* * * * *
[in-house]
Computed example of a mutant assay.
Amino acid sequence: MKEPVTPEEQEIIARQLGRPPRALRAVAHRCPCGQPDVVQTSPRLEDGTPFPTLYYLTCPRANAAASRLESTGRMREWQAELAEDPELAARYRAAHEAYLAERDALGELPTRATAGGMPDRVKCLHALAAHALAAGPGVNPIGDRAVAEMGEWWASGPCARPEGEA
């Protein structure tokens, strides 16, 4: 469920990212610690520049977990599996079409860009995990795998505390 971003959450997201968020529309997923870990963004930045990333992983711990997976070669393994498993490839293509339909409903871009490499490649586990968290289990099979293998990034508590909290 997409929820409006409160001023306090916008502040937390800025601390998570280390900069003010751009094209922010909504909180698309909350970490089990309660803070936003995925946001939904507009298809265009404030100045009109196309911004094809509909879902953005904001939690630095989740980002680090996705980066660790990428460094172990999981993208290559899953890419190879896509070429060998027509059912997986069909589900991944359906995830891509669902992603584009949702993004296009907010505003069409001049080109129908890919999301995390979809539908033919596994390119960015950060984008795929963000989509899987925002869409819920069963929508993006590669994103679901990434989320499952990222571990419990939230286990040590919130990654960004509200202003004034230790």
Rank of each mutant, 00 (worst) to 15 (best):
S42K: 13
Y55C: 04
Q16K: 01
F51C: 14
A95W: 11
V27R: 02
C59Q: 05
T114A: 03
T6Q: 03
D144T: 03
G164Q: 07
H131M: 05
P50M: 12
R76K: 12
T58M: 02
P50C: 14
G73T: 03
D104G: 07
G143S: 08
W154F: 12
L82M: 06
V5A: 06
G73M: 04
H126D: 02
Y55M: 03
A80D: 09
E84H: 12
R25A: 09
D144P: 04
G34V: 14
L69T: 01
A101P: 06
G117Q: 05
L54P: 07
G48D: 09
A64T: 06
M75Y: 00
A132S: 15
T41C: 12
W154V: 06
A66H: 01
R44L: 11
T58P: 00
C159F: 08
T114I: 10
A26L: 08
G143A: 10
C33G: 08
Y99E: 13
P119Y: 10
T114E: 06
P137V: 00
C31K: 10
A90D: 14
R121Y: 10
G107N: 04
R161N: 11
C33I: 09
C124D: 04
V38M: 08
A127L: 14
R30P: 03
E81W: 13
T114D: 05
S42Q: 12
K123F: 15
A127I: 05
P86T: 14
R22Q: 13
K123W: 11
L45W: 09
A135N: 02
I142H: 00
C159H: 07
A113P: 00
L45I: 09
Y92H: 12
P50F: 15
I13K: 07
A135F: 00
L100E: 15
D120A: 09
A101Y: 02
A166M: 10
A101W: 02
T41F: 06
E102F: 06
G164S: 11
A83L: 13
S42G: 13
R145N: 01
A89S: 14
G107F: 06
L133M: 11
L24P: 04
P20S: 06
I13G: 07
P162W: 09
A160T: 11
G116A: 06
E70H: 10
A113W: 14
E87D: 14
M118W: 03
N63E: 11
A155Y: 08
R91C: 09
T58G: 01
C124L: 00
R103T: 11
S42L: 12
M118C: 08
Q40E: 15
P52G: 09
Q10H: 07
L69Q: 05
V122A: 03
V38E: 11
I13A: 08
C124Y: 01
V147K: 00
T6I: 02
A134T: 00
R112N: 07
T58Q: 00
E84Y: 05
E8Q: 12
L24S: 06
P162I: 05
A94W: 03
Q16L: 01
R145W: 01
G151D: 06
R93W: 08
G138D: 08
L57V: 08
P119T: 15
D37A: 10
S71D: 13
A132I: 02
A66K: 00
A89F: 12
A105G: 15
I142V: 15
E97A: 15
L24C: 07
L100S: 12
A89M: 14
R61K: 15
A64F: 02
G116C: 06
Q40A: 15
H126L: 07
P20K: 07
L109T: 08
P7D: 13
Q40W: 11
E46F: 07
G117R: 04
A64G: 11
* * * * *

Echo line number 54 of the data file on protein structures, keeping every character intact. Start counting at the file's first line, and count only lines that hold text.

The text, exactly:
Y99E: 13